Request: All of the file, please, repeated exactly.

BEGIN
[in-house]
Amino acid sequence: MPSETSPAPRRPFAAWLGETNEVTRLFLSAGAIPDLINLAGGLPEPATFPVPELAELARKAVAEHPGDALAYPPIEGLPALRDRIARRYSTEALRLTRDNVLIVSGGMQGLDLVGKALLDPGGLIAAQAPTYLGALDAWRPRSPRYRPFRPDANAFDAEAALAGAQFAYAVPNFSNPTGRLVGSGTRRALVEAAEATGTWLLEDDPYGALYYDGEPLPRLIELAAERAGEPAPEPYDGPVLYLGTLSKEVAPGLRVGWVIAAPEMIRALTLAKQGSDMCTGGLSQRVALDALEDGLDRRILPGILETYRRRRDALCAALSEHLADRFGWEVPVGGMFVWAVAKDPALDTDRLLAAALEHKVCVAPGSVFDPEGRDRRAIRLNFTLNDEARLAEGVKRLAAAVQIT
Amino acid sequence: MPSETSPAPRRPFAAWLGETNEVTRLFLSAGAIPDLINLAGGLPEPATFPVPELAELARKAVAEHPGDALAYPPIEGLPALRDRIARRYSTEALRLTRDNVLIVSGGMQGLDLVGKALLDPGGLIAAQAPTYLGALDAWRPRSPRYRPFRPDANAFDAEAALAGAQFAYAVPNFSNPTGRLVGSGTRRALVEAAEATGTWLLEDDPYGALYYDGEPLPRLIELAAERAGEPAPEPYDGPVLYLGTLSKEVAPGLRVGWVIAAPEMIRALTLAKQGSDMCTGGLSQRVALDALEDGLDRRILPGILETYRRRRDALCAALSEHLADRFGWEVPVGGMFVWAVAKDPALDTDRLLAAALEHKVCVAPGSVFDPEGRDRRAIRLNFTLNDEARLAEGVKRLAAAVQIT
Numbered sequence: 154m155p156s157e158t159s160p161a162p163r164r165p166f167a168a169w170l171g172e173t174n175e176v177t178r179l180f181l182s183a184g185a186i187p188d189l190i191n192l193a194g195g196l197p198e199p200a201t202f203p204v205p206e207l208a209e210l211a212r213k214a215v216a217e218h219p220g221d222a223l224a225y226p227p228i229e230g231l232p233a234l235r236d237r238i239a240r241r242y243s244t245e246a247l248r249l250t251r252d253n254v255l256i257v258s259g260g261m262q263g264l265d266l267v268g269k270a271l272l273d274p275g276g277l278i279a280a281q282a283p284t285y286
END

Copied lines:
[in-house]
Amino acid sequence: MPSETSPAPRRPFAAWLGETNEVTRLFLSAGAIPDLINLAGGLPEPATFPVPELAELARKAVAEHPGDALAYPPIEGLPALRDRIARRYSTEALRLTRDNVLIVSGGMQGLDLVGKALLDPGGLIAAQAPTYLGALDAWRPRSPRYRPFRPDANAFDAEAALAGAQFAYAVPNFSNPTGRLVGSGTRRALVEAAEATGTWLLEDDPYGALYYDGEPLPRLIELAAERAGEPAPEPYDGPVLYLGTLSKEVAPGLRVGWVIAAPEMIRALTLAKQGSDMCTGGLSQRVALDALEDGLDRRILPGILETYRRRRDALCAALSEHLADRFGWEVPVGGMFVWAVAKDPALDTDRLLAAALEHKVCVAPGSVFDPEGRDRRAIRLNFTLNDEARLAEGVKRLAAAVQIT
Amino acid sequence: MPSETSPAPRRPFAAWLGETNEVTRLFLSAGAIPDLINLAGGLPEPATFPVPELAELARKAVAEHPGDALAYPPIEGLPALRDRIARRYSTEALRLTRDNVLIVSGGMQGLDLVGKALLDPGGLIAAQAPTYLGALDAWRPRSPRYRPFRPDANAFDAEAALAGAQFAYAVPNFSNPTGRLVGSGTRRALVEAAEATGTWLLEDDPYGALYYDGEPLPRLIELAAERAGEPAPEPYDGPVLYLGTLSKEVAPGLRVGWVIAAPEMIRALTLAKQGSDMCTGGLSQRVALDALEDGLDRRILPGILETYRRRRDALCAALSEHLADRFGWEVPVGGMFVWAVAKDPALDTDRLLAAALEHKVCVAPGSVFDPEGRDRRAIRLNFTLNDEARLAEGVKRLAAAVQIT
Numbered sequence: 154m155p156s157e158t159s160p161a162p163r164r165p166f167a168a169w170l171g172e173t174n175e176v177t178r179l180f181l182s183a184g185a186i187p188d189l190i191n192l193a194g195g196l197p198e199p200a201t202f203p204v205p206e207l208a209e210l211a212r213k214a215v216a217e218h219p220g221d222a223l224a225y226p227p228i229e230g231l232p233a234l235r236d237r238i239a240r241r242y243s244t245e246a247l248r249l250t251r252d253n254v255l256i257v258s259g260g261m262q263g264l265d266l267v268g269k270a271l272l273d274p275g276g277l278i279a280a281q282a283p284t285y286